Oxford Dictionaries definition - Noun, British: A very large mass of solid waste in a sewerage system, consisting especially of congealed fat and personal hygiene products that have been flushed down toilets.
In September 2017, a new kind of horror lurked in the dark underground tunnels of Whitechapel.
Just one example of a breeding brood of beastly monsters, this Whitechapel giant is the product of our modern lifestyles.
Quietly expanding day after day, the congealed rancid masses of human waste, fat, oil and wet wipes are a uniquely 21st century menace. Capable of breaking the sewage system their threat lies in the ability to wreak sewage havoc in homes and businesses.
Sewers designed only for water, toilet paper and human waste are increasingly used as a rubbish bin. The sewer system simply cannot cope.
As more and more of the wrong stuff gets thrown into the drains, the solid stinking mass builds up. Wipes, condoms, sanitary products and cotton wool, stick to the gluey fatberg and as it grows, less and less waste can pass through the pipe. And if the sewage can’t reach our waste treatment works, it has only one way to go.
Eventually, a fatberg can block a pipe entirely, forcing raw sewage and unflushables back where they came from.
Fatbergs are a menace that everyone should be afraid of. And sadly, we’ve all had a part in creating them.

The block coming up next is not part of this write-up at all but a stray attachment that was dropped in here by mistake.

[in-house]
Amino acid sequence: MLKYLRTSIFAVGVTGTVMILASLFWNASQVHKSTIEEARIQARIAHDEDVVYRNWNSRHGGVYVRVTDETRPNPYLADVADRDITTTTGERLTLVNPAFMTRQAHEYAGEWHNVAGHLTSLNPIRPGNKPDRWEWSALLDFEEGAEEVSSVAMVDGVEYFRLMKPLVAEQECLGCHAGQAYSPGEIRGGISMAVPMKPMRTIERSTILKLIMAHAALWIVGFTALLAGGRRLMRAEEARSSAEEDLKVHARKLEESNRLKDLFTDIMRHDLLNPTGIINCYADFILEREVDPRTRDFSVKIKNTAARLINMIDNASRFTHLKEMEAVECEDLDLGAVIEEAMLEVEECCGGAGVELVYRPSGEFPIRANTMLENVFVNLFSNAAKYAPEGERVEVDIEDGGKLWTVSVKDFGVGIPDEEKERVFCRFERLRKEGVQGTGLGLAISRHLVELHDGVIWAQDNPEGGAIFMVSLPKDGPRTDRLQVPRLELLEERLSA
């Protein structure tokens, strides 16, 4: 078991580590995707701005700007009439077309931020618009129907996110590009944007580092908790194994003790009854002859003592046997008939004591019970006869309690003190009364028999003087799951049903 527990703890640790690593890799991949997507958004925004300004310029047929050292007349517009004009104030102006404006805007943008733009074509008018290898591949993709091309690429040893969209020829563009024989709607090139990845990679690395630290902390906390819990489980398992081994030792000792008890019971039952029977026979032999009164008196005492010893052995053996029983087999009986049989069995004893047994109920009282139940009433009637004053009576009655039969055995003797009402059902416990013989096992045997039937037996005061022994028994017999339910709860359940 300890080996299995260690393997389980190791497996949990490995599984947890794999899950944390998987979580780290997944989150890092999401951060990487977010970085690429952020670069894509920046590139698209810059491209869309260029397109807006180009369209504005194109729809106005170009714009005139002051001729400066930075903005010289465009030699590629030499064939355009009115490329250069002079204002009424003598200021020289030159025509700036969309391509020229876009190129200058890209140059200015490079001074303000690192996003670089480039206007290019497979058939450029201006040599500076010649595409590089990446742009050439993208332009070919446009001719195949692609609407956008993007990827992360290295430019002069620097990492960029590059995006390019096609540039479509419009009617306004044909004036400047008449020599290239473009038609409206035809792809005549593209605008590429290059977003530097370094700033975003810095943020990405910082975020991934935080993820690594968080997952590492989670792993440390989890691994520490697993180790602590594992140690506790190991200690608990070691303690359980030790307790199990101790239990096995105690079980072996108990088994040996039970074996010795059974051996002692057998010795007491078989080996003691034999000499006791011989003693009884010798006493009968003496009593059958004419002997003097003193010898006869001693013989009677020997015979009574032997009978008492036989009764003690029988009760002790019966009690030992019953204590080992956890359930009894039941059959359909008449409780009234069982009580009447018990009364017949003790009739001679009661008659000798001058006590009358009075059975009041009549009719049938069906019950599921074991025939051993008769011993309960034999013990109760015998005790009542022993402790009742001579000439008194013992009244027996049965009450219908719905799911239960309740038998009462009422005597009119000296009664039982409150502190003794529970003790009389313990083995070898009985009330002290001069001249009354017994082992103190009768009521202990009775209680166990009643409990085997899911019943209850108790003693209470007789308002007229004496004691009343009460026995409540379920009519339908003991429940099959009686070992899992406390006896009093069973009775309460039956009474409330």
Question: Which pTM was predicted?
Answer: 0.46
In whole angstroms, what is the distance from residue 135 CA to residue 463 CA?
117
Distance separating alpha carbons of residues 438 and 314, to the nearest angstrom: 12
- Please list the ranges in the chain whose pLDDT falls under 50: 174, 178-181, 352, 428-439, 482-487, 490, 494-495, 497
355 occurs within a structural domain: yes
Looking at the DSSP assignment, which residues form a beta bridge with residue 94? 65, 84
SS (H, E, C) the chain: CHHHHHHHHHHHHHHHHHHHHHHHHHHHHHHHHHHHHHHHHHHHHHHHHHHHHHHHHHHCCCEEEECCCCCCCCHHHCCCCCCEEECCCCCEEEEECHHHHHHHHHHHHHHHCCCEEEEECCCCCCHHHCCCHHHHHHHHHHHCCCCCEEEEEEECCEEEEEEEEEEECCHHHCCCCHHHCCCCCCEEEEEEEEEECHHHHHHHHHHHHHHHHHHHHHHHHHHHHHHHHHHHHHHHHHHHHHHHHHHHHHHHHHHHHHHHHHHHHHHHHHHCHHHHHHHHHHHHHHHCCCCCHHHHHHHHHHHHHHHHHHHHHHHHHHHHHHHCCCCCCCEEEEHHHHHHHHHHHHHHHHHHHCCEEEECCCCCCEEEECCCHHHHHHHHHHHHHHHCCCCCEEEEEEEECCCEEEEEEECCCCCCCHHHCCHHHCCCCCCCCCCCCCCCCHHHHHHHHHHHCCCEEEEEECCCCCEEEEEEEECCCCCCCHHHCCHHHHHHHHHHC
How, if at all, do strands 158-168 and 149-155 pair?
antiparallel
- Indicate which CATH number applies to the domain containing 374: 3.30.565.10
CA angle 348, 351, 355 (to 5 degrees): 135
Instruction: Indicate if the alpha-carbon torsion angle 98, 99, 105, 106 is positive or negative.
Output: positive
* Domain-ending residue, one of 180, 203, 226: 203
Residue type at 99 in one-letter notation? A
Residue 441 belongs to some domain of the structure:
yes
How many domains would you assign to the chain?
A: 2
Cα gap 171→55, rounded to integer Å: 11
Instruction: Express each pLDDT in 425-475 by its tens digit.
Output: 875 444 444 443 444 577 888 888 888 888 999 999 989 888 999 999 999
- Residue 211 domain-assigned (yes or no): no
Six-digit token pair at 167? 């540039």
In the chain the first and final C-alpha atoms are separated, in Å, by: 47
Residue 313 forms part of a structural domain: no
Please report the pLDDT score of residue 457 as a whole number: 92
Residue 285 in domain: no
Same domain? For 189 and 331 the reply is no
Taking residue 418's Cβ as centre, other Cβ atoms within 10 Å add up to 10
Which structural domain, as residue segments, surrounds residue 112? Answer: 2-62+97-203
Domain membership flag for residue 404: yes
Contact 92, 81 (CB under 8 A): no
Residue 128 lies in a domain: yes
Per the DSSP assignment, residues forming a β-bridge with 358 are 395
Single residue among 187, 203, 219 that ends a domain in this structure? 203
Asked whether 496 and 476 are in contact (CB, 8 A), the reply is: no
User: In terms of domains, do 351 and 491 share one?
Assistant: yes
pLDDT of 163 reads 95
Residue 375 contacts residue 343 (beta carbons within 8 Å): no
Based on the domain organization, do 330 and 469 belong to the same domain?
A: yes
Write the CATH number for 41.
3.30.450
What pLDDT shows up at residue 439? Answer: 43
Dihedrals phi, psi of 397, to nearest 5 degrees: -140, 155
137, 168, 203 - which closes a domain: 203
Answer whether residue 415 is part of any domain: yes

See for yourself what it’s like to come across a fatberg in a sewer:
The Whitechapel Monster
The famous Whitechapel fatberg of September 2017 was the largest ever found in our sewerage system. For all the wrong reasons it attracted attention from around the globe, with stories on its grossness running across the world’s media.
Thanks to its high media profile over several weeks, a public vote named it Fatty McFatberg.
The sheer scale of Fatty McFatberg was what made it such a gruesome spectacle. More than twice the length of two Wembley football pitches, it weighed-in at a staggering 130 tonnes, the same as 11 double decker buses.
Fatty was blocking a stretch of original Victorian sewer, so spare a moment to imagine what it was like to remove the reeking giant.
Eliminating the fatberg took a team of eight, working every day for several weeks. Using high powered jet hoses, they painstakingly broke up the mass averaging 20 to 30 tonnes on each shift. Then Fatty McFatberg was sucked out by tankers and taken away to be recycled in Stratford.
But a little has been kept as a reminder. A part of Fatty McFatberg is going on display at the Museum of London to represent modern life in the city. The fatberg exhibition runs from 9 February – 1 July 2018 and entry is free.
Meanwhile, there is one simple way we can all make fatbergs extinct: Bin it – don’t block it.
The future of fatbergs
Leading waste to power firm, Argent Energy, has teamed up with us to transform what was once a foul, rancid mass into pure green fuel.
Our plans mean that Fatty McFatberg can be converted into around 10,000 litres of biodiesel. That’s enough to power 350 double-decker Routemaster buses for a day.